Mark Steel: There will be a Tesco store in your bedroom next

People are lured by cheapness, but pay for it by spending their time there in a vegetative trance
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Tesco is terrifying. It's unstoppable, like bindweed. You couldn't even organise a guerrilla army against it because if you blew one up, two would spring up in its place. They must land in the night, like Triffids. Soon they'll have permission to set up Tesco mini-stores in your house, so you'll get up one morning and there it will be in your bedroom. And a PR spokesman will issue a statement: "Our customers have indicated that any lack of privacy that may result from having a shop by their wardrobe is compensated by the convenience of being able to purchase lasagne or shoe polish in the middle of the night without getting up."

But this Monopolies Commission report that's come out doesn't seem to care. It was set up specifically to comment on this rampaging monster and concluded it should be alright if it doesn't go much further. Who compiled that then - Neville Chamberlain? There's already hardly anything left they don't dominate. Next they'll take over drug-dealing, launching their new line with an advert in which Prunella Scales says to Jane Horrocks: "Don't expect me to do any housework tonight dear - not while Tesco are offering springtime savings on a quarter ounce of top quality Afghan skunk."

It's hard to identify what's so grotesque about these places, as they claim they're only so profitable because customers choose to go there. But a starting point has to be that no one in Tesco is ever happy. People are lured by cheapness and convenience, but then they pay for that by spending their time there in a vegetative trance, staring aimlessly into the despotic white light, maybe drifting back into consciousness for a moment to whack their kids on the back of their legs for climbing on the trolley, before the regular beep-beep of the bar code machine returns them to their hypnotic dreamy half-life.

Maintaining your faculties in a queue at Tesco is almost impossible. Once you're stuck behind six families with overflowing trolleys before it's your turn, you could be a multilingual biochemist and you'd struggle to remember the capital of France. These conditions should be used for training people who need to be able to think clearly in extreme circumstances, because if you can keep your thought process at 90 per cent in a Tesco queue, then repairing an oxygen mask while in space must be a piece of piss. And you even have to hire the trolley for a pound - the bastards. Even in Abu Ghraib they don't make you pay for use of the cattle prod.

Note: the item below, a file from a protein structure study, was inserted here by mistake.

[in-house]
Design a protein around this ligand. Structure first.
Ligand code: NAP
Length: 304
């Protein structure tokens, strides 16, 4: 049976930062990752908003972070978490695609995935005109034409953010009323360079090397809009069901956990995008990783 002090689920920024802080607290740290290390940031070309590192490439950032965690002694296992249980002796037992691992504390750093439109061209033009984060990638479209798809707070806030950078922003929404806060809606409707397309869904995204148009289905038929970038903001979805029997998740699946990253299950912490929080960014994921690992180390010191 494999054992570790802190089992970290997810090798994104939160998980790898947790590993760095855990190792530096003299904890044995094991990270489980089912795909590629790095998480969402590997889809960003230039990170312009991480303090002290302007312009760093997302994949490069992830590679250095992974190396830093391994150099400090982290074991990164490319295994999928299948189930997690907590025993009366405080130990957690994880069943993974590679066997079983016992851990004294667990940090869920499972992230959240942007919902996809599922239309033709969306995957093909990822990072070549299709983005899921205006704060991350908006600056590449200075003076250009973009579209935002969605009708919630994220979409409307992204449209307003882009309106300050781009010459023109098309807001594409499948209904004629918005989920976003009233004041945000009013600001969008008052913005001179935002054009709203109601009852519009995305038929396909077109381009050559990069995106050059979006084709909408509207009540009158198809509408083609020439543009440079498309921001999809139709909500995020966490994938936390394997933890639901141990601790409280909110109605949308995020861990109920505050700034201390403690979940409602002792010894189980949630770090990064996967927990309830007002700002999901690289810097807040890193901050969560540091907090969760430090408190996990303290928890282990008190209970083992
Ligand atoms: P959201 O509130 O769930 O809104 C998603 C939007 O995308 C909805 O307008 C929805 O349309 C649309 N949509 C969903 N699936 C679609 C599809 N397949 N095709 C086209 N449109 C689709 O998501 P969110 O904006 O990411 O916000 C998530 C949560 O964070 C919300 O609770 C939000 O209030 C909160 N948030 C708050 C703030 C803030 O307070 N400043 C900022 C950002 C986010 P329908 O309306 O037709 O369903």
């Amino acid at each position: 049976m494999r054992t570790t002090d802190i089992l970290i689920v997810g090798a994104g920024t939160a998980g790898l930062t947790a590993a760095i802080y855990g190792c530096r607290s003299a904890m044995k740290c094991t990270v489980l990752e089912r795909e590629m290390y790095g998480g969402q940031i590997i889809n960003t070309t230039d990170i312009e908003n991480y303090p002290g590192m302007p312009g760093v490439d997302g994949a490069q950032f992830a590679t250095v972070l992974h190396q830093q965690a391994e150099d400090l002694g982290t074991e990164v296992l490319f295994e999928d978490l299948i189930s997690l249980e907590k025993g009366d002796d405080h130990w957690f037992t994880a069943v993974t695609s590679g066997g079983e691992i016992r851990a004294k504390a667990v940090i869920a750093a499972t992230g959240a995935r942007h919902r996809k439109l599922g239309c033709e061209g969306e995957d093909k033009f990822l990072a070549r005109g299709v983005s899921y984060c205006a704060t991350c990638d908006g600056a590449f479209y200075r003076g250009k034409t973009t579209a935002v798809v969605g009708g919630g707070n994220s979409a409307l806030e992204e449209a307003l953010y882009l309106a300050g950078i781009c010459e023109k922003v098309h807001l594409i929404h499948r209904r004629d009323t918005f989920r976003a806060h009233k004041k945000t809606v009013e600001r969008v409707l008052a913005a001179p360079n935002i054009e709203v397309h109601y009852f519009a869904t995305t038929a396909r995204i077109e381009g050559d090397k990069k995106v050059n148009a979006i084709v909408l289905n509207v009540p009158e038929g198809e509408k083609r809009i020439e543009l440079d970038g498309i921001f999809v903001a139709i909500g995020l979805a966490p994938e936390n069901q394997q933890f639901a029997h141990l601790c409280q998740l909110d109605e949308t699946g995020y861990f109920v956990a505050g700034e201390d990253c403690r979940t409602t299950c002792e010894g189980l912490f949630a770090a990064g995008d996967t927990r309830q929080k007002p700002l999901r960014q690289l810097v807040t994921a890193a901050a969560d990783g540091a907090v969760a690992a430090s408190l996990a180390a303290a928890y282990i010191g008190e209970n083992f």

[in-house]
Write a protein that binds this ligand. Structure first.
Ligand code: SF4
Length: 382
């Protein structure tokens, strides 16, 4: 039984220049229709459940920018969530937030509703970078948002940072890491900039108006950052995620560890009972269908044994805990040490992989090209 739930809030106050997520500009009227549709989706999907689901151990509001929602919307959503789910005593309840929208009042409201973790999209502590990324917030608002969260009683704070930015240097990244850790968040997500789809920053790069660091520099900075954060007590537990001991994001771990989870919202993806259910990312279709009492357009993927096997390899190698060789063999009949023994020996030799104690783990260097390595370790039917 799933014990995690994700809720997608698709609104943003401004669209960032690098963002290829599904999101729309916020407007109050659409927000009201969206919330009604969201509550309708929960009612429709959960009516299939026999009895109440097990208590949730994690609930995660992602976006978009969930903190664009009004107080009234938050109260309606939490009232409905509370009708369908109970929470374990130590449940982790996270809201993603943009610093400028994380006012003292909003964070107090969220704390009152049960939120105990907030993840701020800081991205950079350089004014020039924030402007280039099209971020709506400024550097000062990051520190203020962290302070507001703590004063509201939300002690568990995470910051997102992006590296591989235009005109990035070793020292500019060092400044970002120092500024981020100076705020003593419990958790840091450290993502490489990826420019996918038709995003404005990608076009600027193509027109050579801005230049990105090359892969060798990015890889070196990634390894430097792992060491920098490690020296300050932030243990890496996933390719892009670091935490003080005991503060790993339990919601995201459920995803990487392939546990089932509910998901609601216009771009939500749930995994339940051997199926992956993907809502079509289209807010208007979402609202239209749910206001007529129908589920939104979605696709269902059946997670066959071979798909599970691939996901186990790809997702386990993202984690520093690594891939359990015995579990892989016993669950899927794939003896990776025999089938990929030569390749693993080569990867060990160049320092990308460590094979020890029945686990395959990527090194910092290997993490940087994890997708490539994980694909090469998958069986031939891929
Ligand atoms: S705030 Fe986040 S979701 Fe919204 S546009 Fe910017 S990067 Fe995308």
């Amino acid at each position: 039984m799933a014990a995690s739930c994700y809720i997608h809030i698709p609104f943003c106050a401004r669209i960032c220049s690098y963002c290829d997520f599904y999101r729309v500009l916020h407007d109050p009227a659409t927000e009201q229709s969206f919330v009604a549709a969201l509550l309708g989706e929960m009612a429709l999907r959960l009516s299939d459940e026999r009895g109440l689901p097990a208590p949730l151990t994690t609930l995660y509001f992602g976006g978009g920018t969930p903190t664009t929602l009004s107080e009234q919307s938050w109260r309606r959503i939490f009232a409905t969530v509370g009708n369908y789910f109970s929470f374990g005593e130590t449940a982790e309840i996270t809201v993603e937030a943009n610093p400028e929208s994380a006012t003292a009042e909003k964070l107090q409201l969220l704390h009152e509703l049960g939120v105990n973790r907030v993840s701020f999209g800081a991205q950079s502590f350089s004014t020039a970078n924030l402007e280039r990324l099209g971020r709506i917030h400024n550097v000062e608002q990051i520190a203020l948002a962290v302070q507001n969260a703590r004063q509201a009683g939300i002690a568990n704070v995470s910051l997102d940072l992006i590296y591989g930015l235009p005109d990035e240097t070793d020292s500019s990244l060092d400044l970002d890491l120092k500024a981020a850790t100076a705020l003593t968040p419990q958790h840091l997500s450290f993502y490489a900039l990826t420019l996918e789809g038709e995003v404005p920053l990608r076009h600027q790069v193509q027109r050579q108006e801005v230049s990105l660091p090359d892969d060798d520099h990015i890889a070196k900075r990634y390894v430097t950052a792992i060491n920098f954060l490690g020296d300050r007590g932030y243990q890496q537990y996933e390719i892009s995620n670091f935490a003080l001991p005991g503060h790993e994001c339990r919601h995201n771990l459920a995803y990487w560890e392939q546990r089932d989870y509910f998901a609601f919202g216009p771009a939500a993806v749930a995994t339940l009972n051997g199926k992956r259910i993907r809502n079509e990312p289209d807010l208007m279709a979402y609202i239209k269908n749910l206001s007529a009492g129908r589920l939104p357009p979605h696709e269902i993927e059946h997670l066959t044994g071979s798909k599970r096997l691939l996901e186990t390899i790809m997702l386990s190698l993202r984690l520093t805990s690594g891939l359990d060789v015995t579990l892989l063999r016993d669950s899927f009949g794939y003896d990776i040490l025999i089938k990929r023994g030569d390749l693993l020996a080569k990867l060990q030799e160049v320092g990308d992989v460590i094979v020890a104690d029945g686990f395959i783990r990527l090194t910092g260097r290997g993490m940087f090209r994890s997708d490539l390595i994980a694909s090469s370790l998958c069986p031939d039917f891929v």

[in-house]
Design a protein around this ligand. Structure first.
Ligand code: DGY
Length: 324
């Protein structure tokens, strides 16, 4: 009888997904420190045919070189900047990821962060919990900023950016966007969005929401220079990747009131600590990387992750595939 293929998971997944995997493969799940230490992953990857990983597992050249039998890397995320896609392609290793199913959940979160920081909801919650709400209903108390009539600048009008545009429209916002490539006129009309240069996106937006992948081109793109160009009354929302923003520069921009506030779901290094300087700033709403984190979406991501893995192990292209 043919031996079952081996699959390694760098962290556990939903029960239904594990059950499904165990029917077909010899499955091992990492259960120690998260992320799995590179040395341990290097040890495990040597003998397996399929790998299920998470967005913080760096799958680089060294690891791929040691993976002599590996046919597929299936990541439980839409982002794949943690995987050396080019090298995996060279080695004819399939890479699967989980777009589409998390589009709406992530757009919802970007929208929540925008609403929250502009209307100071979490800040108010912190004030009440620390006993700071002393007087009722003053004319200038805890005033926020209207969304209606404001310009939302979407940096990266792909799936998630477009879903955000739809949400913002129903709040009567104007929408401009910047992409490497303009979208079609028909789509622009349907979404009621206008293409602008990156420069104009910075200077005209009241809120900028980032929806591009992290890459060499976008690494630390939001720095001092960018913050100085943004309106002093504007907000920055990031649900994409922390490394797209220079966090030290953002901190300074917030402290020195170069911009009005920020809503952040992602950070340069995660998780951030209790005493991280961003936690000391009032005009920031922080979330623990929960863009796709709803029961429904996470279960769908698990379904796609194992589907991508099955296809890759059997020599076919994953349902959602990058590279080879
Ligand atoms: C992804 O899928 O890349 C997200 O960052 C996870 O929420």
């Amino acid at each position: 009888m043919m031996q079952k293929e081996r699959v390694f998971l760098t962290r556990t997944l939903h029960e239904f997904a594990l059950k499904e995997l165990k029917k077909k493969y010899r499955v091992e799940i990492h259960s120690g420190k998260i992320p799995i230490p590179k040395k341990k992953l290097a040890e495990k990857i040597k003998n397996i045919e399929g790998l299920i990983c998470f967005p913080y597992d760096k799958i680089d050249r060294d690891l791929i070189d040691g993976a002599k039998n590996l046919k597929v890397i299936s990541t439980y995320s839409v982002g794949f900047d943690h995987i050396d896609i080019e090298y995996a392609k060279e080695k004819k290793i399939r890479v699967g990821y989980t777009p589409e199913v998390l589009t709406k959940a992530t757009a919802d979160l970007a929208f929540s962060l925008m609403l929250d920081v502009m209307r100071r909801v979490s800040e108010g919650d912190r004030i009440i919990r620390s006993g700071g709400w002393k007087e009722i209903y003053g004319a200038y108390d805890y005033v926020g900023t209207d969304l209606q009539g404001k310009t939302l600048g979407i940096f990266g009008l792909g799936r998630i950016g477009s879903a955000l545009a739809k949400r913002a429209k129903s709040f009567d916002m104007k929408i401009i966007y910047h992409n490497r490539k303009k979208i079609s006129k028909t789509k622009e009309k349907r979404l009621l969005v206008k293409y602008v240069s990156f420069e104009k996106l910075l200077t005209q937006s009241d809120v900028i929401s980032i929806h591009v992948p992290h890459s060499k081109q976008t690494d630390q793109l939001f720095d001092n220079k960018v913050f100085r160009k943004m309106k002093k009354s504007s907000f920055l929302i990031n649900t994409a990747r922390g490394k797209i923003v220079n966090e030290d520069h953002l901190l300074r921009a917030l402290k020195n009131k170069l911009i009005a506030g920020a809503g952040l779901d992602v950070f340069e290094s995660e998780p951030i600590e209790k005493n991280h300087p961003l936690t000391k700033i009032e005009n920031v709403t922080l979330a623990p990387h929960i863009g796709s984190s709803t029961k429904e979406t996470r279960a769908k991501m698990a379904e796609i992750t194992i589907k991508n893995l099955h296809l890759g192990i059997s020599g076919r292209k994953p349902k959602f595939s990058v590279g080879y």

And that's why it's wrong. Every boast they make is actually its crime. It is horribly irredeemably joylessly functional. Every tin of custard powder is placed at such an angle to entice you to chuck it in the trolley. Every tomato is perfectly spherically fluorescent. Occasionally they might decide that customers have indicated they appreciate conversational check-out staff, so the check-out staff will be ordered to say: "Hope you enjoy your evening." But that's worse than if they stared into space.

Tesco is the extreme end of modern town planning, in which every town is planned to look tortuously identical. You could be in Kettering or Greenland and you know that as you leave the centre of town, past Body Shop and River Island and Clinton Cards and some poor sod selling chocolate-covered almonds, down the road with the building societies and the Wetherspoons pub, just past the Esso garage and maybe a Big Yellow storage place, there it will be with its vast car park, symmetrical shrubs and slightly wrong clock.

Even the claim that shopping in Tesco saves time is mostly a con. People say: "At least I can get everything in one place." But the place is bigger than an average High Street. You might as well say: "I go shopping abroad because at least you can get everything in one place - France."

Or there's some "new" thing they're doing that's pointless, such as pre-packed diced pyramids of rhubarb, or bananas in balloons. "Now you don't have to pick your bananas off the shelf, just pluck them from the air as they float round in balloons that keep them extra-nana-fresh!"

All that driving and jostling can't make it much quicker or cheaper than going to a local shop, except the local shop's probably shut down because of Tesco. Then they boast they've set up a "green fund" when they're responsible for so many car journeys they'd be more green if they spent all day melting icebergs with a blowtorch.

And of course, because they're a massive multinational whose aim is profit, they screw people all over the world. So one report by Action Aid quotes a farm worker who picks fruit for a Tesco supplier in South Africa: "I sleep on the floor in a plastic sheet. There's no water or electricity and the walls of my shack are made of cardboard." For this she gets $18 a week. And they probably encourage them to buy the sheets from the local Tescos, who advertise: "Your sleep is complete on a sheet from Tescos."

But on and on they march. Soon they'll have their own team in the Olympics, then they'll develop a nuclear capacity and eventually rule everything. And we'd at least stand a chance if the next report says: "Look, the economics of it are a bit complicated to be honest. But what we do know is that Tescos is an abomination devoid of love or affection or humanity or imagination or even genuine animosity that could make a day interesting or unpredictable, just a corporate tyrant devouring us all with its soulless and chillingly inconvenient convenience."